If you’re looking to get noticed on the field in your next competitive hockey game, then it’s time to incorporate some advanced striking techniques.
The Squeeze Shot
Try this one when you find yourself crowded out in a D. To do it, bring your hands together up high or move them further down your hockey stick. Remember that the higher your hands, the more power you will have. Then place the ball on your back foot or near right. Placing your weight on your back or right foot, hit the ball in a downward motion. This will squeeze the ball into the turn and lift it. It will be harder on sand surfaces! It’s well worth practising beforehand on the type of pitch you will be playing on, so you can anticipate the degree of ‘lift’ when you squeeze down.
The Quiet-Eye Technique
This technique is used by elite athletes to perfect their vision on the ball. Those with real control over the destination of the hockey ball are experts at so-called quiet-eye tracking. The idea is that you give your eyes the maximum amount of data before taking the shot, and then your body will follow. Research shows that your body knows exactly what to do when your eyes have taken in the information. To get the technique right, slow down your eye movements and reduce them before the shot.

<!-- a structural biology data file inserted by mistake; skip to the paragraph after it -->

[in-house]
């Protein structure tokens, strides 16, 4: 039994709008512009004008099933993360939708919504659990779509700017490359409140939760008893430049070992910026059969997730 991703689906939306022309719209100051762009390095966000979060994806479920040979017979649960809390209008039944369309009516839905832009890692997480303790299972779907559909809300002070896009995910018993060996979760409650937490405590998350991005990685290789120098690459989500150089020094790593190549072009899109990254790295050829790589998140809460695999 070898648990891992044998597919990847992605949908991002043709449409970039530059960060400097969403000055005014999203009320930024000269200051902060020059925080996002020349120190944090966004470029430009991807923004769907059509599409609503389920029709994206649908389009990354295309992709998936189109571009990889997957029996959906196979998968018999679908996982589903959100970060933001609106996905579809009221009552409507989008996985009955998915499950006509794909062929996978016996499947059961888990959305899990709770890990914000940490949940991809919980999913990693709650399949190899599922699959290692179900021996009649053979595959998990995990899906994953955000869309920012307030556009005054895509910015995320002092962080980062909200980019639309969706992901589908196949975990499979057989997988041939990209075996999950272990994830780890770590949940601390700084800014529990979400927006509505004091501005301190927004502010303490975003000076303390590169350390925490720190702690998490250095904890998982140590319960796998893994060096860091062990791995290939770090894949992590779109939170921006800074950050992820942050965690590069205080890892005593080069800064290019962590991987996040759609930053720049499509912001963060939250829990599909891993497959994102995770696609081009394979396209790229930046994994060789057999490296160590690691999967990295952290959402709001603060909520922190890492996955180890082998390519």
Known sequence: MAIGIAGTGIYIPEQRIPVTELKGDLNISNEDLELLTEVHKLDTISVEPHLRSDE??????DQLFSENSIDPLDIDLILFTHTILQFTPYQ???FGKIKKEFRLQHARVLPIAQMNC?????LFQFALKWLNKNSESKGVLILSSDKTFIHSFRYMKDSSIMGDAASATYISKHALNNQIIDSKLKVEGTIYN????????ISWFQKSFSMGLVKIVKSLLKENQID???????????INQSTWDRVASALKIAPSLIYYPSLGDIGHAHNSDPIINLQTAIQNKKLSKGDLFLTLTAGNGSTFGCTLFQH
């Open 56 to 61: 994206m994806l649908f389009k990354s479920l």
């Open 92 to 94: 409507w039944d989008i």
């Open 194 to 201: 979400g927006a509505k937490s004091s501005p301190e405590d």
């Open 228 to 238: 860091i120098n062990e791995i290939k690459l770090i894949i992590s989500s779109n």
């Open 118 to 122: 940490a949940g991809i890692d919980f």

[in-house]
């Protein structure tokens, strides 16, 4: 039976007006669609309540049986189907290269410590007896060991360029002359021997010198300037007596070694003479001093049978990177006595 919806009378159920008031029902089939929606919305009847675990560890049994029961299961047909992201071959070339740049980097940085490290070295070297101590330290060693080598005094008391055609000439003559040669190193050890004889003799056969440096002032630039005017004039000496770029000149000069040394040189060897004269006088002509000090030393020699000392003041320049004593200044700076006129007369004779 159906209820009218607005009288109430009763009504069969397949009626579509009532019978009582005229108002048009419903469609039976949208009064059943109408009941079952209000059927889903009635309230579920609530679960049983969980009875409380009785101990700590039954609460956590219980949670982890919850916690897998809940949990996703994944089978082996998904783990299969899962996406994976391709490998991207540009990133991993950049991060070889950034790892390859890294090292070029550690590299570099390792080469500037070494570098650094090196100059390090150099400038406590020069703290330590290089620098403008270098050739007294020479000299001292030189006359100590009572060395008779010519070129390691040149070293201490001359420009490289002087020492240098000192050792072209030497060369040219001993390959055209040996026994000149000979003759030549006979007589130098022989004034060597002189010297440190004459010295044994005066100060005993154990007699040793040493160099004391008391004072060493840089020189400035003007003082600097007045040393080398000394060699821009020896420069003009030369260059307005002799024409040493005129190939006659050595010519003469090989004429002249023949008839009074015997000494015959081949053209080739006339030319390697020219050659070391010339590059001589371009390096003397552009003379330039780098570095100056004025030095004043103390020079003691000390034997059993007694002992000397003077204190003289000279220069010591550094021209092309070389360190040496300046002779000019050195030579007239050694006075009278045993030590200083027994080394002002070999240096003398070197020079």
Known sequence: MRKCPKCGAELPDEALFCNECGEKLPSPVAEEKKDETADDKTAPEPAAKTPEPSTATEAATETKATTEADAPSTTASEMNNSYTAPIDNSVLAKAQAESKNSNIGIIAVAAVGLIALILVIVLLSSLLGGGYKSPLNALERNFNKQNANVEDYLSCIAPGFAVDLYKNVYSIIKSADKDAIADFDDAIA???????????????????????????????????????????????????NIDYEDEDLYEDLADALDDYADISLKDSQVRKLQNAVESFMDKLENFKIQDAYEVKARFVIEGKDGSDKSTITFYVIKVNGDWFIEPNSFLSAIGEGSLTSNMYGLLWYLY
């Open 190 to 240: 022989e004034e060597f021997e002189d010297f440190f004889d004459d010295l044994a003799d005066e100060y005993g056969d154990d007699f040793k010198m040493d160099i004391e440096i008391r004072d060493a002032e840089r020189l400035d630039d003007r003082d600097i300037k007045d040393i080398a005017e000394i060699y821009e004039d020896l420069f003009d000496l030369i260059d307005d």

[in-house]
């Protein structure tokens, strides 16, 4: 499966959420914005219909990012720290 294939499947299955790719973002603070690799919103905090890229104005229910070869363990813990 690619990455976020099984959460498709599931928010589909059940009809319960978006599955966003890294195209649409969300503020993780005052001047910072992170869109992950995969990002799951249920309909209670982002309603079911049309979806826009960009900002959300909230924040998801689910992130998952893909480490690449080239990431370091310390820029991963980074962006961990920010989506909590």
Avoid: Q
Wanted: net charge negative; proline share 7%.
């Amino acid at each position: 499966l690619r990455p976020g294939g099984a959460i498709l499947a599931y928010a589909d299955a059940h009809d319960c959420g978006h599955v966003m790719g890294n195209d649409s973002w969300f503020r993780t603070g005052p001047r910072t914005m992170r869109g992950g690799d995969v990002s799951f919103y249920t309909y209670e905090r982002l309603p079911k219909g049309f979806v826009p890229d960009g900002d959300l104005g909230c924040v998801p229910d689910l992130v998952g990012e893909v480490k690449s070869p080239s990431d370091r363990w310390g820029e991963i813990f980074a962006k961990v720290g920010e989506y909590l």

Look at the goal, and then back at the ball – and keep your gaze fixed on it. This technique can improve the strike rate of your penalty flicks when you can master it. Try using your quiet eye on the area of the net where you want your ball to go as you wait on a short corner for an injection. The key lies in keeping your gaze focused rather than allowing it to flicker all over the place. You can find other field hockey drills like these at https://www.sportplan.net/drills/Hockey/.
So rather than just playing the old shots and becoming predictable in your game, shake things up and surprise the competition with some brand new shots. You’ll keep everyone guessing and get a real sense of achievement when you help your team to score extra points – and maybe win the game itself – at your next competitive fixture.